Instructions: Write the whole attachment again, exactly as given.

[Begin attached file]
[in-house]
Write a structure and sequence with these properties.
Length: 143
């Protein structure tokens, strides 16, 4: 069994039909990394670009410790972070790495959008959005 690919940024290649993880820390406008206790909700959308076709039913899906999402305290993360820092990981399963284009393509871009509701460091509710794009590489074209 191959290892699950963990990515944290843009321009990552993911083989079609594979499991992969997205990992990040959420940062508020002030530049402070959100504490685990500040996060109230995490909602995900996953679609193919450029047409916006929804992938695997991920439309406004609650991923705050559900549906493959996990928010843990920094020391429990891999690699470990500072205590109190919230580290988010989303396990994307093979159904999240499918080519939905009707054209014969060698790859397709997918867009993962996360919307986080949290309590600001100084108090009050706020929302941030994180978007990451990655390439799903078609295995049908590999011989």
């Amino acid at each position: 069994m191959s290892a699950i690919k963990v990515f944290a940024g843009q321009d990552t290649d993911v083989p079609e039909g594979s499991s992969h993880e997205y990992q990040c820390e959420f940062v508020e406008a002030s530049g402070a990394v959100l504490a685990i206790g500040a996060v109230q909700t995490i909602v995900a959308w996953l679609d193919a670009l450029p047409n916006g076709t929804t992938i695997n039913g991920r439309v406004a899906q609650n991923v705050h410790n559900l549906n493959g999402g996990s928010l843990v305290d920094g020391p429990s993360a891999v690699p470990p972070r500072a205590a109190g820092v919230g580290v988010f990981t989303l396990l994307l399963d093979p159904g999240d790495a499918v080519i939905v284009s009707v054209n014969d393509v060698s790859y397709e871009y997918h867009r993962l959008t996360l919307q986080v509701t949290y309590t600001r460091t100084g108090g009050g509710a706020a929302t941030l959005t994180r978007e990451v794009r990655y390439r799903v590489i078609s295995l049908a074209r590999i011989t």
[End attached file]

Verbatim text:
[in-house]
Write a structure and sequence with these properties.
Length: 143
């Protein structure tokens, strides 16, 4: 069994039909990394670009410790972070790495959008959005 690919940024290649993880820390406008206790909700959308076709039913899906999402305290993360820092990981399963284009393509871009509701460091509710794009590489074209 191959290892699950963990990515944290843009321009990552993911083989079609594979499991992969997205990992990040959420940062508020002030530049402070959100504490685990500040996060109230995490909602995900996953679609193919450029047409916006929804992938695997991920439309406004609650991923705050559900549906493959996990928010843990920094020391429990891999690699470990500072205590109190919230580290988010989303396990994307093979159904999240499918080519939905009707054209014969060698790859397709997918867009993962996360919307986080949290309590600001100084108090009050706020929302941030994180978007990451990655390439799903078609295995049908590999011989």
């Amino acid at each position: 069994m191959s290892a699950i690919k963990v990515f944290a940024g843009q321009d990552t290649d993911v083989p079609e039909g594979s499991s992969h993880e997205y990992q990040c820390e959420f940062v508020e406008a002030s530049g402070a990394v959100l504490a685990i206790g500040a996060v109230q909700t995490i909602v995900a959308w996953l679609d193919a670009l450029p047409n916006g076709t929804t992938i695997n039913g991920r439309v406004a899906q609650n991923v705050h410790n559900l549906n493959g999402g996990s928010l843990v305290d920094g020391p429990s993360a891999v690699p470990p972070r500072a205590a109190g820092v919230g580290v988010f990981t989303l396990l994307l399963d093979p159904g999240d790495a499918v080519i939905v284009s009707v054209n014969d393509v060698s790859y397709e871009y997918h867009r993962l959008t996360l919307q986080v509701t949290y309590t600001r460091t100084g108090g009050g509710a706020a929302t941030l959005t994180r978007e990451v794009r990655y390439r799903v590489i078609s295995l049908a074209r590999i011989t």